by Troy Bishopp
CORTLAND, NY – Every once in a while you taste something so profoundly good, it’s all you can think about. “When can I have it again?” constantly haunts you. You’re obsessed.
Close your eyes and imagine actually drinking a Thin Mint Girl Scout cookie in a glass or savoring the ultimate creamy eggnog as hints of vanilla and warm cinnamon dance on your tongue. You can actually find these seasonal items and other palate pleasers at the Trinity Valley Dairy Farm store or at a local grocer.
Branden and Rebekah (Poole) Brown from Trinity Valley Farm have been working on these flavorful, old-school recipes since early summer to create memorable dairy-inspired products. “It’s our passion to keep giving our customers the best eating or drinking experience fresh from the farm,” said the Browns. This passion for dairy has a lineage dating back over a hundred years when the land on which the cows roamed was known as Sunset Young Farm, originally owned by Otis and Hazel Young.
Trinity Valley is now a fifth-generation family farm in East Homer, NY, where the “Moo Crew” – Ken and Sue Poole, Derek Poole and Branden and Rebekah (Poole) Brown – run the 600-acre owned and rented operation. The 120-head milking herd of Holsteins and Brown Swiss graze outdoors from April until November, and during the winter they eat farm-grown corn and hay. The cows also get silage and a few pounds of grain each day. The Pooles generally work with the cows while the Browns run the processing and retail farm store.
Of the more than 100 dairy farms in Cortland County, theirs is also the first and only “Jugger,” an endearing term for family operations that bottle milk straight from the cow. In 2013, they turned a sweet corn field into a milk production facility and general store.
“We process our milk as little as allowable to help important enzymes and ‘good’ bacteria work for you. The fancy term for this old fashioned method is low temperature vat pasteurization,” said the Browns.
“The milk is held at 145 degrees for 30 minutes and then cooled as quickly as possible. This gives milk (the kind many of us remember as kids) the smooth, sweet taste of yesteryear and preserves the naturally occurring enzymes that help your body easily digest it. Granted, this process takes more effort but we don’t mind,” said Rebekah. “Our milk also is un-homogenized, with a thick layer of cream rising to the top of each bottle. Folks tell us they are again enjoying a cold glass of our cream-line milk. The great taste and nostalgia is worth every minute.”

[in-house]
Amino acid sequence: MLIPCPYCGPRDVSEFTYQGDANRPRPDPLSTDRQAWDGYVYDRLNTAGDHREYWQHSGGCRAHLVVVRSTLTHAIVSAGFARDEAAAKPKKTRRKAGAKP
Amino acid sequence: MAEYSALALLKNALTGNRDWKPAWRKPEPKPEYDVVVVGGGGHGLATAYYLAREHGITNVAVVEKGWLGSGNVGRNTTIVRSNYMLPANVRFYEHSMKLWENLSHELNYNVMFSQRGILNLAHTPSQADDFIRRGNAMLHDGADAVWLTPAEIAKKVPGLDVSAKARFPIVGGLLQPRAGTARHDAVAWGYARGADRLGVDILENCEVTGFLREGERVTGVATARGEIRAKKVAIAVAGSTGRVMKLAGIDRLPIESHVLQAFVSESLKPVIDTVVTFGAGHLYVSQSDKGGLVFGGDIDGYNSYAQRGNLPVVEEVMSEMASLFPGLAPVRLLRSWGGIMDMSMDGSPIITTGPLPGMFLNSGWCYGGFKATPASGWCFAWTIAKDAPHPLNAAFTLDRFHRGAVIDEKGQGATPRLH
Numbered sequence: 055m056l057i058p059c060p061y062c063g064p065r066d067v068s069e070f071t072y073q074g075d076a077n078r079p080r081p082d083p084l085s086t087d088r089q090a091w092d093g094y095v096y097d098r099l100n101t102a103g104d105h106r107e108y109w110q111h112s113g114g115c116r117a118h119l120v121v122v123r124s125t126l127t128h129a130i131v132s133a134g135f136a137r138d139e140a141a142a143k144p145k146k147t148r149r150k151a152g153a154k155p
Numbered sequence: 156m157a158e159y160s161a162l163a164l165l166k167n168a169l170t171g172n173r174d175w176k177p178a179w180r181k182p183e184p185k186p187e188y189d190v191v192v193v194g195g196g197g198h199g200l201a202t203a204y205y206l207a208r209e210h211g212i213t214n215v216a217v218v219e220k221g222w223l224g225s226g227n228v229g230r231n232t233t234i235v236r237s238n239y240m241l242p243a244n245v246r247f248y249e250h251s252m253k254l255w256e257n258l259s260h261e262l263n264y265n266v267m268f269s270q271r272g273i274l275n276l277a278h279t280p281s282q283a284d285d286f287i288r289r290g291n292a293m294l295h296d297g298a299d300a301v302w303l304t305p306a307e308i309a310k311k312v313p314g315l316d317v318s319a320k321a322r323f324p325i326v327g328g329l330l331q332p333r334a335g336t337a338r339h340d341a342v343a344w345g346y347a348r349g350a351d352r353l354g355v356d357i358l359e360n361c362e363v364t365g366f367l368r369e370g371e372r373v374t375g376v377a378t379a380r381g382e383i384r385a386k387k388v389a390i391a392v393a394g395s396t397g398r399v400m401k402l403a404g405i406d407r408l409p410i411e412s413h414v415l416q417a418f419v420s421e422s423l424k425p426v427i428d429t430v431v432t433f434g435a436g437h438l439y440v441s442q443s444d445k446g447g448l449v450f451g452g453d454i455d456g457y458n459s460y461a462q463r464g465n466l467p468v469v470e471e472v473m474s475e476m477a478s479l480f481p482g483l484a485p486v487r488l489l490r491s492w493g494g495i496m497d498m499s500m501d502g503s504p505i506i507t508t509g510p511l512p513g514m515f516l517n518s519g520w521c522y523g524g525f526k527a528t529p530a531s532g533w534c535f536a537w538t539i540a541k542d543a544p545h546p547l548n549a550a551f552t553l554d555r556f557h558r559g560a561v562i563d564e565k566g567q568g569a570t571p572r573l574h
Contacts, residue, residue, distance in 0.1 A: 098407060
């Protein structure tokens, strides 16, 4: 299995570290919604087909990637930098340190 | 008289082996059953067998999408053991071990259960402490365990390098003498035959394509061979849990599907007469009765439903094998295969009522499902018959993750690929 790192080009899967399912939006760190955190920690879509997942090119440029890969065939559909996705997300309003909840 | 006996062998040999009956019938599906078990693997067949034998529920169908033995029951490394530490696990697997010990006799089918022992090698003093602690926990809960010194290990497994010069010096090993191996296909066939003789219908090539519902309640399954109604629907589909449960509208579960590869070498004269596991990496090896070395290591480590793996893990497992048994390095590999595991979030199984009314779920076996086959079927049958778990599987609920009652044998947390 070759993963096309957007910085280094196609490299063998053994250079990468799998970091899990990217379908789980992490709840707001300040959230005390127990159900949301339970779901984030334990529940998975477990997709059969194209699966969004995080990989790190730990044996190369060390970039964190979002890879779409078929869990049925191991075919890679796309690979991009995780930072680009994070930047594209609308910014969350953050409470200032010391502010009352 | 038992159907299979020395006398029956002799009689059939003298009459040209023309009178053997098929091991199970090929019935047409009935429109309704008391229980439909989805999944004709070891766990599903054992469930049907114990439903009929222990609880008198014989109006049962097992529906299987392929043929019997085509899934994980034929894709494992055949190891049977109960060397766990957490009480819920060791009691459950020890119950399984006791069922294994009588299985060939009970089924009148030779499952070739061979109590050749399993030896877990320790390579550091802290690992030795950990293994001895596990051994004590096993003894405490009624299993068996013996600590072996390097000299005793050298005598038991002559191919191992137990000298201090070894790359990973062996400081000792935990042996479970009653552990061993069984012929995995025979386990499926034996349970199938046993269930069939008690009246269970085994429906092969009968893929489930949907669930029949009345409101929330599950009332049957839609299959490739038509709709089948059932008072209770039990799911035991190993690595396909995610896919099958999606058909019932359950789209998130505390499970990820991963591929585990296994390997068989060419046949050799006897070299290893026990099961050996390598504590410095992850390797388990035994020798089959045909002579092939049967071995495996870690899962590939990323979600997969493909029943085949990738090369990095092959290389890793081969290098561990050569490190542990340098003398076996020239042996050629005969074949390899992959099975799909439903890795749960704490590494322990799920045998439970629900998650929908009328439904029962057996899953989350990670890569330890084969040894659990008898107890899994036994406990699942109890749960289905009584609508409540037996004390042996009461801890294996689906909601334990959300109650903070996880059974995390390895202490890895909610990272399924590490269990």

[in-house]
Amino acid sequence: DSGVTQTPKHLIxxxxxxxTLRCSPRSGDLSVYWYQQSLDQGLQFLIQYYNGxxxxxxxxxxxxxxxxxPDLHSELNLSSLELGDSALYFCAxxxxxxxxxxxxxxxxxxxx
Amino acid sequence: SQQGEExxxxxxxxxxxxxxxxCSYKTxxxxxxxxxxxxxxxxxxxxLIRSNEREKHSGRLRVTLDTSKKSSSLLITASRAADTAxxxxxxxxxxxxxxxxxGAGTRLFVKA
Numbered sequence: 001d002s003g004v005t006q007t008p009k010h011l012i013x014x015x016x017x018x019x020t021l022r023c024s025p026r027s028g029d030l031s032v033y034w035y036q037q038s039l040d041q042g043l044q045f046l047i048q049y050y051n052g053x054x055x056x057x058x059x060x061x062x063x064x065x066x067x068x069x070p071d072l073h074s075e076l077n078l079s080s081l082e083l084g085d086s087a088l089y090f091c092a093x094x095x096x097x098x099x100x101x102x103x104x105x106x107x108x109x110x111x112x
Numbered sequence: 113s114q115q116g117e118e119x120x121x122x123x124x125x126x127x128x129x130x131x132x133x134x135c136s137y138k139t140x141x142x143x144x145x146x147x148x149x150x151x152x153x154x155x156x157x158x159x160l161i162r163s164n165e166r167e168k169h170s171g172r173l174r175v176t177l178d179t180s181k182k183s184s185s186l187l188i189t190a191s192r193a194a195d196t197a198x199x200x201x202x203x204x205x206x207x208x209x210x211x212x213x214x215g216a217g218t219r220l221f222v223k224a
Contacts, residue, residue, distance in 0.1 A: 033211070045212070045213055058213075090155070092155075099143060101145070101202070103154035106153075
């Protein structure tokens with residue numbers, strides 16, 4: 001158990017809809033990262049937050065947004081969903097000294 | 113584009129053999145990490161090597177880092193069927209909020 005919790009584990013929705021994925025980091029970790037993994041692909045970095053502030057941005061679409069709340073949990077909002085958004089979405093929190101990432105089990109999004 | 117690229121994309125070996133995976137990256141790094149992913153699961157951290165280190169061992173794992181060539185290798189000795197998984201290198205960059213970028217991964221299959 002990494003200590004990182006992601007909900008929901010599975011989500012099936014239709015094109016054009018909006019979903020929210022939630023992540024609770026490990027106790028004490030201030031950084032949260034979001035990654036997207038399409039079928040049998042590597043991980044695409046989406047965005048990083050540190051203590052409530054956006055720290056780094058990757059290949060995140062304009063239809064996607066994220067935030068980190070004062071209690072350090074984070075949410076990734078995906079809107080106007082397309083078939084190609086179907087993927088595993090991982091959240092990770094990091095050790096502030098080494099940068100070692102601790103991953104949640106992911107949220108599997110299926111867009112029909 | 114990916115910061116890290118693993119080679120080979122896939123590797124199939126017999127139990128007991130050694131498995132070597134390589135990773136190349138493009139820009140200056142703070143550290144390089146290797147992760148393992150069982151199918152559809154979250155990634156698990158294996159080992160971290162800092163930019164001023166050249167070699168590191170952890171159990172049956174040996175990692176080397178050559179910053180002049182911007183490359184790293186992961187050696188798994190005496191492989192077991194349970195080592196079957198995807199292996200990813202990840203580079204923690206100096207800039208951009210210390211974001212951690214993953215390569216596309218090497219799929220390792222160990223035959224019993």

At first, in working with their milk handler, Preble Milk Co-Op Association, they diverted their milk and bottled 150 gallons a week of chocolate and white cream-line milk. Under the direction of the Browns and plant manager Dan Sykes, who has a background in dairy processing at Cornell, and other staff working alongside him, Trinity Valley now produces over 5,200 gallons of milk a week. They are also making cheese curds, with each pound using a gallon of milk.
The hub of activity is their attractive farm store on Route 13, which features the full line of their dairy products along with locally grown foods. Rebekah oversees the store and the bakery, featuring a wide array of items. The store wafts of Rebakah’s and her mother Sue’s “scratch baked” goodies.
Branden Brown is seemingly a man who barely sleeps, as he does the marketing, logistics and sales for the farm while delivering the milk and products to area supermarkets, local stores and New York City. Early in 2016, after being featured in a New York Times article discussing the modernization of the dairy industry, Brown reached out to Frank Acosta, the proprietor of Manhattan Milk (manhattanmilk.com), a NYC-based farm-to-table delivery service created around the idea of bringing the nostalgia of the milkman back. It seemed the two had the same passion for returning to old fashioned values and giving customers what they were craving – food with a story.
“We believe food comes from local farms, not far-away factories – crafted with love by people who care and delivered with a smile to a space which inspires creativity, collaboration and positive action. Our world is changeable; the future is sustainable,” said Acosta.
It turns out Trinity Valley’s style of farming – small and independent – was just what the company wanted. After several meetings at the farm, the two entrepreneurs came to an agreement and now Trinity Valley Dairy is the exclusive supplier of milk for the Manhattan Milk brand and its home delivery service. Brown also helps other farms that support the business as he adds their products on his delivery runs, lowering everyone’s freight costs.
To stay profitable and sustain the Pooles’ and Browns’ family farm operation, diversification was a needed and wanted step. On-farm milk processing and an active retail sales program in the farm store and through area supermarkets have made differences in everyone’s lives. The Browns also created a corn maze which has added profit on its own and attracted more visitors who purchased items at the store as well. Making ice cream is also on the docket.
“A key to our business is to always be working on new and innovative promotions and products, while focusing on our Trinity Valley Dairy brand and keeping faith and family values high,” said Brown.
Visit their Facebook page for seasonal updates and product information at www.facebook.com/trinityvalleydairy.